Not everyone is cut out to be a leader.

Some entrepreneurs, CEOs, and even middle managers confuse leadership with the title next to their name. They think just because they're "in charge," people will rally behind them, listen to them, and heed their every command. But the truth is, it's very easy to become a "leader" in terms of acquiring responsibilities. What's far more difficult is becoming a credible, trusted leader who is loved by everyone. 

So, what makes a terrific leader?

1. Walking the walk

The best kinds of leaders lead by example. The worst kinds of leaders live by the phrase, "Do as I say, not as I do."

This is especially true for leaders who feel they don't need to become truly knowledgable about the organization they are leading. For example, some executives or managers don't prioritize becoming experts of the industry they're in, and instead lean on their title as a way to avoid digging into the hard work. This behavior then leads to a poorly balanced team dynamic, and people begin to see the leader as lazy and hierarchical. 

2. Earning your stripes--not showing them off.

Leadership is something you have to earn, day in and day out.

Your title is not something you flaunt. In fact, the moment you have to lean on your title in order to get people to listen, you've started down a difficult path. People respect leaders that show up and continue to prove they are worth following--not leaders who expect everyone else around them to work harder than they're willing to work themselves.

3. Being open, honest, and trustworthy.

One of the biggest mistakes you can make as a leader is breaking someone's trust.

Especially if you're at the helm of an organization, you're going to run into scenarios where people will come to you to share how they're feeling, or issues they're experiencing within the company. It's your job to treat those conversations carefully, make the person feel heard but respect the fact they came to you and you alone. Don't go sharing that individual's issues with one of their peers in the company. That's a fast track to breaking trust you've built in the past.

4. Doing what you say you're going to do.

If you say you're going to give everyone a raise, then you better give everyone a raise (or, very honestly, explain why you weren't able to deliver on this promise).

I have a few stories about this in my book, All In. One of the big mistakes young leaders make is painting these wildly imaginative futures for their employees, never once considering what will happen when, two years later, all those employees want to know why none of it came to fruition.

The best thing you can do when leading a team, a department, or an organization is stay true to your word. So, if you think there's a chance you won't be able to deliver on the promises you're making, don't make them in the first place.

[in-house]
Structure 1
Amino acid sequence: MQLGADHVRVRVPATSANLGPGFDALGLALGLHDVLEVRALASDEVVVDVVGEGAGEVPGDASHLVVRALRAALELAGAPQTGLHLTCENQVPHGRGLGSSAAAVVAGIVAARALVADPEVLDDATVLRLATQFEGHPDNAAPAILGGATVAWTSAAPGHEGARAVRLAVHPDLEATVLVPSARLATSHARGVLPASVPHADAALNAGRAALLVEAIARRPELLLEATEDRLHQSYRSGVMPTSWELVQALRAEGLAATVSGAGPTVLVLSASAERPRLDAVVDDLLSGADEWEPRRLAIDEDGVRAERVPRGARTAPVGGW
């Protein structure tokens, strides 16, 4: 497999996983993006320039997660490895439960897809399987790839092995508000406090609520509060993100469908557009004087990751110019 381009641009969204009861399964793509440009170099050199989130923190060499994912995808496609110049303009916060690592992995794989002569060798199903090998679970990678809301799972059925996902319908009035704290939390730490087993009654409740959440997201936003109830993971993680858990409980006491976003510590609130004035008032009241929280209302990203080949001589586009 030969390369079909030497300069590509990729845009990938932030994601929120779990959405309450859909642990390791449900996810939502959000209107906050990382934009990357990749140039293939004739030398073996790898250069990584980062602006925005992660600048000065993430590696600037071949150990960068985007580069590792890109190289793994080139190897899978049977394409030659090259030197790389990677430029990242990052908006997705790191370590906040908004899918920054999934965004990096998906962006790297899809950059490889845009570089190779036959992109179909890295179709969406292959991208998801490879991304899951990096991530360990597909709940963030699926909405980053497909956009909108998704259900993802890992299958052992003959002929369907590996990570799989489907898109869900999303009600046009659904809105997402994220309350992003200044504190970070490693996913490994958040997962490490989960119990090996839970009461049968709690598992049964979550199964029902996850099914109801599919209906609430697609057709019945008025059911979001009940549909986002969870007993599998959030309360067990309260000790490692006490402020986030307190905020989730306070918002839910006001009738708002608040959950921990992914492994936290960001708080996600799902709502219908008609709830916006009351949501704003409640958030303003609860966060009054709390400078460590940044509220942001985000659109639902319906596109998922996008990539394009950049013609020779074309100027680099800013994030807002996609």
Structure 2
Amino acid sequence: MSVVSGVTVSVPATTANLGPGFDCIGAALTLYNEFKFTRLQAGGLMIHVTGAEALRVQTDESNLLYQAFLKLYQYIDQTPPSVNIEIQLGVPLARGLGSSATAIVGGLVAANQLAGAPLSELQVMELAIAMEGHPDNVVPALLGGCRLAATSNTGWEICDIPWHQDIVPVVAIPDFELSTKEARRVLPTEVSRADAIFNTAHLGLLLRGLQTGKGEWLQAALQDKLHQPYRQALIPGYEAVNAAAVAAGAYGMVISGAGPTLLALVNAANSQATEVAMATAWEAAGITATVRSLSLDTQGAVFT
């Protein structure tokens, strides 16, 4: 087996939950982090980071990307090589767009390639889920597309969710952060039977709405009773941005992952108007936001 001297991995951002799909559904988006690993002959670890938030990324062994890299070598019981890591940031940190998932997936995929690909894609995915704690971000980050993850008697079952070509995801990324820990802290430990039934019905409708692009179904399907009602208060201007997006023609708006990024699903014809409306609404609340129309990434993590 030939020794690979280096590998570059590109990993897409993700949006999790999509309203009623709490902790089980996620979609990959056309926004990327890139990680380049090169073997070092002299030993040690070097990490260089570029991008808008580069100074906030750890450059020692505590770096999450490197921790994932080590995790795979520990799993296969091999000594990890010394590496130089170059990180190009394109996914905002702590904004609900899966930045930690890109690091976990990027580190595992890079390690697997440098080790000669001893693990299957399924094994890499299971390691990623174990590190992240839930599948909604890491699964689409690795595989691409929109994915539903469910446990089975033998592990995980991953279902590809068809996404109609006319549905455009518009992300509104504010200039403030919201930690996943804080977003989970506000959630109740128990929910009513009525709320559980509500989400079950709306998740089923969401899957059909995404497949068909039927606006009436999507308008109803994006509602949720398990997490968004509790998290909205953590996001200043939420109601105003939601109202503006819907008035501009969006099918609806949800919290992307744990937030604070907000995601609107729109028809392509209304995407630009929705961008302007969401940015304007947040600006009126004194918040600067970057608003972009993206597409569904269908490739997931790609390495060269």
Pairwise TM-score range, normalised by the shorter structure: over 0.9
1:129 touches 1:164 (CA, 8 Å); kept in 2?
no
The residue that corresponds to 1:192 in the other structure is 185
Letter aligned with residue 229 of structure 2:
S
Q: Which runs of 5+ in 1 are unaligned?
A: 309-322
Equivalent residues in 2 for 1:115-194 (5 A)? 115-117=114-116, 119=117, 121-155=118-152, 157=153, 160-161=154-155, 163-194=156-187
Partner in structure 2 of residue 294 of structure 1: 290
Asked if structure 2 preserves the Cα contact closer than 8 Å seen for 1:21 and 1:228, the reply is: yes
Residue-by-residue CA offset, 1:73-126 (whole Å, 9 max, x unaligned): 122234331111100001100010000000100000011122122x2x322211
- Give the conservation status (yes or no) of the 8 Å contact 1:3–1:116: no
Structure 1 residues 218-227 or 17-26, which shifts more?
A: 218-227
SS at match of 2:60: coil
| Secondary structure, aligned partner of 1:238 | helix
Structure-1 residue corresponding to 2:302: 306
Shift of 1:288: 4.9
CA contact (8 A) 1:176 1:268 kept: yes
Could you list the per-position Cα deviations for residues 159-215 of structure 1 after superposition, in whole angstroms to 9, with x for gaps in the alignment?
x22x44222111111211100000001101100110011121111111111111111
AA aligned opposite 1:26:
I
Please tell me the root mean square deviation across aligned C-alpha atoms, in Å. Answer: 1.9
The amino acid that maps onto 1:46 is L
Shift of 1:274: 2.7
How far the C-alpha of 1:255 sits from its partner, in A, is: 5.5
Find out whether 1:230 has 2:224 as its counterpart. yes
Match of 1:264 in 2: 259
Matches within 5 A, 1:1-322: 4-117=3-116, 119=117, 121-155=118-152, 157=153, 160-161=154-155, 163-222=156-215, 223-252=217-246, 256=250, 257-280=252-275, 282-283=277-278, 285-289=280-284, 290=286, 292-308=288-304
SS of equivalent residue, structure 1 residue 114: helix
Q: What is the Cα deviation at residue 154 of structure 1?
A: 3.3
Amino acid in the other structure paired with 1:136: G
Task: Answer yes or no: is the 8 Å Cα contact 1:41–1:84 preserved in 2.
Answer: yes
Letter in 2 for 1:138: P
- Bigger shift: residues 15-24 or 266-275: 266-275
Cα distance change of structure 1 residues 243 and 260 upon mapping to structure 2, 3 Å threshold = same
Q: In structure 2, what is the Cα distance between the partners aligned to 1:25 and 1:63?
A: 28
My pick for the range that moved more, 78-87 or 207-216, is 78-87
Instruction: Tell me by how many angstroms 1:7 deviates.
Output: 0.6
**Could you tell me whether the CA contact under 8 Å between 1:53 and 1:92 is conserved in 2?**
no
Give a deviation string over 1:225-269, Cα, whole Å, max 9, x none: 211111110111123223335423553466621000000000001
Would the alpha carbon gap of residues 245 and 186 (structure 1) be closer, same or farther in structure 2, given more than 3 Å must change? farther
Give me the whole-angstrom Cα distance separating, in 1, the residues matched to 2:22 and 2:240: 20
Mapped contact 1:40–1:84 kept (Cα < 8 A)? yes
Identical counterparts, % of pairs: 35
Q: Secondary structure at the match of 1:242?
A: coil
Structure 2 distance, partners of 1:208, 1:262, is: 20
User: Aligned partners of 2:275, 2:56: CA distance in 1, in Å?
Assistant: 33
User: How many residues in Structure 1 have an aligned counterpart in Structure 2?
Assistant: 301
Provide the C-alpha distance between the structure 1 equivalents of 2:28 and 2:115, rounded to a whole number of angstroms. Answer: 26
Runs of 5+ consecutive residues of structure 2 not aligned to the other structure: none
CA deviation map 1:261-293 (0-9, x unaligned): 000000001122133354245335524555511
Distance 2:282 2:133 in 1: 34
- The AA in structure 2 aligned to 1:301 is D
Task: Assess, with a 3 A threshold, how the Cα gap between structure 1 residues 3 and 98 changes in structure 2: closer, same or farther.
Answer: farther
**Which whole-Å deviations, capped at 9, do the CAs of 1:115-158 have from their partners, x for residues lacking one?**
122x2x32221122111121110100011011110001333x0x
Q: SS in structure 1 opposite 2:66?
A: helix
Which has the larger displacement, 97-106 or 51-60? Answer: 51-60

5. Aim for the moon, and be clear about how you're going to get there.

Nobody likes following a leader whose mission is to do things "pretty well."

As a leader, you have to ride the careful line of setting realistic goals for yourself and your company, while simultaneously choosing goals worth getting excited about. Contrary to popular belief, employees really do want to work hard and be part of building something special. 

Don't be afraid to share the grand vision.

6. Learn to control your emotions.

To protect the culture of your company, you have to master the art of remaining calm during periods of high stress.

When you react emotionally--to an individual, to a conflict, or to a massive threat to your business--you are showing the people around you that it's alright for them to react emotionally as well. This is not the kind of team dynamic you want to encourage.

Instead, try to see these moments as opportunities to exemplify patience, understanding, focus. While everyone else is feeling stressed, show them another way of dealing with problems.

7. Be decisive.

One of the worst qualities a leader could possess is a habit of indecisiveness. 

It's a pattern that's easy to fall into: you say the words, "Let me think about it," and then before the day has even ended, you've suddenly got 10 different things you've decided to postpone and "think about." But deep in your gut, you almost always know what decision needs to be made. There's no reason to postpone it.

8. Educate yourself--constantly.

Some people become leaders because they are brilliant, talented, and have a knack for constantly educating themselves.

And then they stop.

They reach a point of authority, they hit a plateau, and they decide they know everything there is to know--and become complacent as a result. Trust me, you don't want to become the sort of leader that suddenly realizes you've fallen behind the growth curve. 

In order to stay at the forefront, you have to keep educating yourself.